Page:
In a package of bills signed by Gov. Phil Murphy creating a taxed and legal cannabis marketplace was a provision allowing towns to decide to opt out, up to a point.
Residents could still possess and use marijuana at home, but towns could keep out dispensaries, growing facilities and other cannabis businesses, although they could not keep out home delivery of cannabis products.
And while voters throughout the state — and in Cape May County — supported marijuana legalization by a wide margin in a November referendum, some governing bodies in the county have introduced zoning ordinances that would ban cannabis businesses.
Wildwood Crest seems poised to join that number.
On Wednesday, borough attorney Ronald Gelzunas presented a draft ordinance that would ban cannabis sales within the small borough. He said the ordinance has been sent to the borough Planning Board for review and would ban cannabis sales in all zones.
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“This would in effect ban every type of cannabis ,” he said.
Borough commissioners did not vote on the ordinance at that meeting.
“I do think we have to kind of walk slowly on this because the legislation’s all over the place, the misinformation is all over the place,” said Commissioner David Thompson. “We just have to let it play out.”
Upper Township and Ocean City have already introduced ordinances aimed at keeping out dispensaries. The evening before the Crest meeting, North Wildwood City Council unanimously voted to introduce its own ban on cannabis sales. A public hearing and final vote is planned for April 6.
“People are going to be able to get it, but I don’t think we need a cannabis business in our resort town,” said North Wildwood Mayor Patrick Rosenello.
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Set between Wildwood Crest and North Wildwood, the city of Wildwood previously approved a local ban on marijuana dispensaries. But in a recent interview, Wildwood Mayor Pete Byron would not say unequivocally that a new ordinance would be introduced, at least not without careful consideration.
“We owe it to our taxpayers to investigate every opportunity,” he said.
Having marijuana dispensaries in a community allows towns to impose an additional 2% tax on sales. But Byron did not say he supported allowing them in town, only that the city should investigate the possibility.
In Wildwood Crest, Thompson indicated his dissatisfaction with the state’s move toward creating a legal marijuana market. After the meeting, Mayor Don Cabrera said he would support keeping pot shops out of town. He said he did not personally have anything against someone who decides to indulge, but said he did not think it would be a good fit with Wildwood Crest’s family-friendly image.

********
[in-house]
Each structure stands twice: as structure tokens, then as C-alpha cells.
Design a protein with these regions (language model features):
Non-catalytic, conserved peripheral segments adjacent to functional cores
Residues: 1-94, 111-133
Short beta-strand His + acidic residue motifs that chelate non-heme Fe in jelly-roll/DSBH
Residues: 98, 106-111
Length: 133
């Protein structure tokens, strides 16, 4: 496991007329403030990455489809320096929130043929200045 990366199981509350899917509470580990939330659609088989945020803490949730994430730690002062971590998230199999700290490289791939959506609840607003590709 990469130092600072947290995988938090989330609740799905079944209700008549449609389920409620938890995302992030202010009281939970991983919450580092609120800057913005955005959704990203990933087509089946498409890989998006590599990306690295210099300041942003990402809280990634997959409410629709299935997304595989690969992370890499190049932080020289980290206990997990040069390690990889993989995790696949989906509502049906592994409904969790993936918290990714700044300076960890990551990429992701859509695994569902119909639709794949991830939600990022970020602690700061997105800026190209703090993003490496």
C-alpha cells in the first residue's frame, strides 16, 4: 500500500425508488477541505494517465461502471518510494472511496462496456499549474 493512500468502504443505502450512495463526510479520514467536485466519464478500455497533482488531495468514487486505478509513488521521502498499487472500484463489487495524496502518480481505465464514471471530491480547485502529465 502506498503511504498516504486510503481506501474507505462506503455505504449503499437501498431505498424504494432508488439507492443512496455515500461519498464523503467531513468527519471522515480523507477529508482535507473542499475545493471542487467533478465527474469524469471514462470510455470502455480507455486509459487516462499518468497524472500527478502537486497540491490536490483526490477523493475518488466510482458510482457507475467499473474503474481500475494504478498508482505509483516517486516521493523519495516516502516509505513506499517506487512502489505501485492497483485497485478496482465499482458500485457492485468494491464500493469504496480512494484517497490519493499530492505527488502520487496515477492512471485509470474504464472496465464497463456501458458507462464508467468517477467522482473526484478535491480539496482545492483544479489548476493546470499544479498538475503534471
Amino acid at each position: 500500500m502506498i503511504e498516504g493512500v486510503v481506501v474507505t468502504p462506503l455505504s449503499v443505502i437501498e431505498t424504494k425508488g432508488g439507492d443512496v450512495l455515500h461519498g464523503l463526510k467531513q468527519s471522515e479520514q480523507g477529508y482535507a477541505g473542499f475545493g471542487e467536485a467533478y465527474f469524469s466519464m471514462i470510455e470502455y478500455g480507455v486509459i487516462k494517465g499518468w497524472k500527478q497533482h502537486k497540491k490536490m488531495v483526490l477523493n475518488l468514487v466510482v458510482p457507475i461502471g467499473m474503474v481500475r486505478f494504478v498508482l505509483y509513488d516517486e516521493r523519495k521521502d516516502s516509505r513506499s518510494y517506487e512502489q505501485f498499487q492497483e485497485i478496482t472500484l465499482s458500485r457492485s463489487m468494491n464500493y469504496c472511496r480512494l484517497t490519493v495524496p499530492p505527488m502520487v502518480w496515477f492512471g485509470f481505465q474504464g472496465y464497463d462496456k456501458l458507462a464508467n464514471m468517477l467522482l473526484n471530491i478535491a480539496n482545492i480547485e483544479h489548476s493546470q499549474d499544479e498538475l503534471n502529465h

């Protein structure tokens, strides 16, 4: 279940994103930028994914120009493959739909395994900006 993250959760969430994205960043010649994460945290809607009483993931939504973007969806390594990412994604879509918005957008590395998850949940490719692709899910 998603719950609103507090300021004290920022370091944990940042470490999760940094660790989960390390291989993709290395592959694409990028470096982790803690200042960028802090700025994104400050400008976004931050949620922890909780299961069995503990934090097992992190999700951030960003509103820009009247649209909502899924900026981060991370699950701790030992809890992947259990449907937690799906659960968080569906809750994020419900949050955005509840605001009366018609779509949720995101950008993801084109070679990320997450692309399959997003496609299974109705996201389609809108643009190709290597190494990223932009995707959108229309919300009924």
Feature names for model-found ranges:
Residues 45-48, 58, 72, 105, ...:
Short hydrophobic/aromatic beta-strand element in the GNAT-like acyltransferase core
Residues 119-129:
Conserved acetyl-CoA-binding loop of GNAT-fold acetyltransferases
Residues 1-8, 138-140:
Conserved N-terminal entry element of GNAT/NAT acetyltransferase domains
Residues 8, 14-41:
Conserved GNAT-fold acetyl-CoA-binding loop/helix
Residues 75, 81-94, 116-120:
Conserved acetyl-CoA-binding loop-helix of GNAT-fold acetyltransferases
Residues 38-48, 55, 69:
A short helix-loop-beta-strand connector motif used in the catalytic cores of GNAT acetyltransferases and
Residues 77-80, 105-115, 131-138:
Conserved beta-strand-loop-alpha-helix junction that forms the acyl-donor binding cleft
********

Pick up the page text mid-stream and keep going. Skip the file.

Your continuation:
Middle Township officials have been in talks with a Massachusetts-based cannabis firm about the possibility of growing and selling cannabis for the regulated medicinal market at the site of a long-vacant seafood processing plant on Indian Trail Road, and Mayor Tim Donohue has signaled a willingness to consider allowing a dispensary for adults within the township, comparing it to allowing a liquor store.
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Towns have 180 days from when Murphy signed the laws to decide to ban sales, according to Lori Buckelew, director of government affairs for the New Jersey State League of Municipalities. Towns would otherwise be required to wait five years before approving an ordinance to keep out cannabis businesses.
If no action is taken, cultivation, manufacturing, wholesale sales and distribution would automatically become a permitted use in all industrial zones in the community, and a conditional use in business zones.
The league took no position on legalization, but Buckelew said it did push for as much local control as possible. Towns can charge a local tax, at 2% for cultivation, manufacture and sales, and 1% for wholesale operations. Municipalities can customize the limits, for instance allowing the plant to be grown in an industrial zone but banning sales.
In Wildwood Crest, Gelzunas said the state will limit the number of licenses for dispensaries, though he was unsure what that number would be.
“So it’s not something you’re going to see, fortunately, located in small towns. Probably in larger metropolitan areas,” he said. “But then they’ll be delivering throughout the state, so I don’t think it will really matter much where they’re located. It will still be readily accessible to the general public.”
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Thompson, the borough’s commissioner of public safety, was critical of the state’s process for legalization and of new limits to how police can react to marijuana. The smell of marijuana can no longer be used as probable cause for a search, and there are limits to police interaction with young people, including a widely unpopular provision that prevents parents from being notified of a child’s first offense. State lawmakers are considering a new bill that would scrap that provision, which appears to have bipartisan support.
“The whole thing’s a mess, the way they did this. A lot of confusion. It’s really handcuffed the police department. The entire package is terrible,” he said.